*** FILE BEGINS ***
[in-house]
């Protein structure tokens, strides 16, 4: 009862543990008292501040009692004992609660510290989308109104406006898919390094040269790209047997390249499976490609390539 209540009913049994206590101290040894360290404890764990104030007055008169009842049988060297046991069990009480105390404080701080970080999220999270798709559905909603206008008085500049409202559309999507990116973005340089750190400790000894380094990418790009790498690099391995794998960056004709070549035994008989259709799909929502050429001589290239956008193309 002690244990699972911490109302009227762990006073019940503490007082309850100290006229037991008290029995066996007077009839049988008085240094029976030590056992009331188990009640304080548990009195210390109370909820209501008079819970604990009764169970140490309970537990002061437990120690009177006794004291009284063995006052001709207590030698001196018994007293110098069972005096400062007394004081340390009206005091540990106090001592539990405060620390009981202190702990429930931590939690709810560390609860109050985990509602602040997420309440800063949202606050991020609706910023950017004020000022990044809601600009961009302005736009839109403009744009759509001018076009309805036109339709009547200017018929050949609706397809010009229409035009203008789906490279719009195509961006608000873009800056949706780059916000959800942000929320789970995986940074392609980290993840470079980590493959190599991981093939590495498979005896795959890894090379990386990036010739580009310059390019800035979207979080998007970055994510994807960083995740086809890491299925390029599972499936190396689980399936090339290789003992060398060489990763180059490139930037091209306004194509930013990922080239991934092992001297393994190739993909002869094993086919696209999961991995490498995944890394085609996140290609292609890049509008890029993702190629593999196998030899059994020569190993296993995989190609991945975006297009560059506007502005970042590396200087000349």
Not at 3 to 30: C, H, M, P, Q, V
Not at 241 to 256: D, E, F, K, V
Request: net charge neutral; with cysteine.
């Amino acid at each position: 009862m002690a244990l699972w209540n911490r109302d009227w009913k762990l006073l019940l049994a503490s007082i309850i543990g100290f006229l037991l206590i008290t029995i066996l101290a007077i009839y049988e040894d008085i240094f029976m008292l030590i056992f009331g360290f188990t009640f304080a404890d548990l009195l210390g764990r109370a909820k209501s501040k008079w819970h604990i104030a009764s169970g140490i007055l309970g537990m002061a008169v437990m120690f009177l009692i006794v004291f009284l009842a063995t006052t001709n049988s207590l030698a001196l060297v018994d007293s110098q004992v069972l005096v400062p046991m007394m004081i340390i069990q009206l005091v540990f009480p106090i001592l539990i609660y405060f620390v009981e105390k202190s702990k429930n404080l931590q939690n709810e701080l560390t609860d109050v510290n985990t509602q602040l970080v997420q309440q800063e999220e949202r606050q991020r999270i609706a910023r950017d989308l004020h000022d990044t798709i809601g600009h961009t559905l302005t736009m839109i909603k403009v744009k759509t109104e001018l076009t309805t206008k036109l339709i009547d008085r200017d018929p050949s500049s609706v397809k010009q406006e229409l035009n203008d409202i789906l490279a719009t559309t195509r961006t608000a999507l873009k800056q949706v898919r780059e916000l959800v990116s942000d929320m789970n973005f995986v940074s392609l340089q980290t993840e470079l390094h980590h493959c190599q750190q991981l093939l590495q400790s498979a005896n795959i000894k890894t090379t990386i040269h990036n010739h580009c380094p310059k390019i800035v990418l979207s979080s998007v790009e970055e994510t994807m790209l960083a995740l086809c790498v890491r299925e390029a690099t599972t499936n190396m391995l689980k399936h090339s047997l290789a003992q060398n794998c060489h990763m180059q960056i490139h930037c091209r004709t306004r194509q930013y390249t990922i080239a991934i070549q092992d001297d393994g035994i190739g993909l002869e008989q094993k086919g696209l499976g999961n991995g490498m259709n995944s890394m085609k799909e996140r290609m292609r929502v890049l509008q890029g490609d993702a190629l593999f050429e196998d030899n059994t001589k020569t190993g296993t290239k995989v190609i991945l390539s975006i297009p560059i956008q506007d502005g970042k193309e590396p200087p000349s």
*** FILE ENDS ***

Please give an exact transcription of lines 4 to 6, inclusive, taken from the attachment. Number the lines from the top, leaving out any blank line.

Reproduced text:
Not at 241 to 256: D, E, F, K, V
Request: net charge neutral; with cysteine.
């Amino acid at each position: 009862m002690a244990l699972w209540n911490r109302d009227w009913k762990l006073l019940l049994a503490s007082i309850i543990g100290f006229l037991l206590i008290t029995i066996l101290a007077i009839y049988e040894d008085i240094f029976m008292l030590i056992f009331g360290f188990t009640f304080a404890d548990l009195l210390g764990r109370a909820k209501s501040k008079w819970h604990i104030a009764s169970g140490i007055l309970g537990m002061a008169v437990m120690f009177l009692i006794v004291f009284l009842a063995t006052t001709n049988s207590l030698a001196l060297v018994d007293s110098q004992v069972l005096v400062p046991m007394m004081i340390i069990q009206l005091v540990f009480p106090i001592l539990i609660y405060f620390v009981e105390k202190s702990k429930n404080l931590q939690n709810e701080l560390t609860d109050v510290n985990t509602q602040l970080v997420q309440q800063e999220e949202r606050q991020r999270i609706a910023r950017d989308l004020h000022d990044t798709i809601g600009h961009t559905l302005t736009m839109i909603k403009v744009k759509t109104e001018l076009t309805t206008k036109l339709i009547d008085r200017d018929p050949s500049s609706v397809k010009q406006e229409l035009n203008d409202i789906l490279a719009t559309t195509r961006t608000a999507l873009k800056q949706v898919r780059e916000l959800v990116s942000d929320m789970n973005f995986v940074s392609l340089q980290t993840e470079l390094h980590h493959c190599q750190q991981l093939l590495q400790s498979a005896n795959i000894k890894t090379t990386i040269h990036n010739h580009c380094p310059k390019i800035v990418l979207s979080s998007v790009e970055e994510t994807m790209l960083a995740l086809c790498v890491r299925e390029a690099t599972t499936n190396m391995l689980k399936h090339s047997l290789a003992q060398n794998c060489h990763m180059q960056i490139h930037c091209r004709t306004r194509q930013y390249t990922i080239a991934i070549q092992d001297d393994g035994i190739g993909l002869e008989q094993k086919g696209l499976g999961n991995g490498m259709n995944s890394m085609k799909e996140r290609m292609r929502v890049l509008q890029g490609d993702a190629l593999f050429e196998d030899n059994t001589k020569t190993g296993t290239k995989v190609i991945l390539s975006i297009p560059i956008q506007d502005g970042k193309e590396p200087p000349s």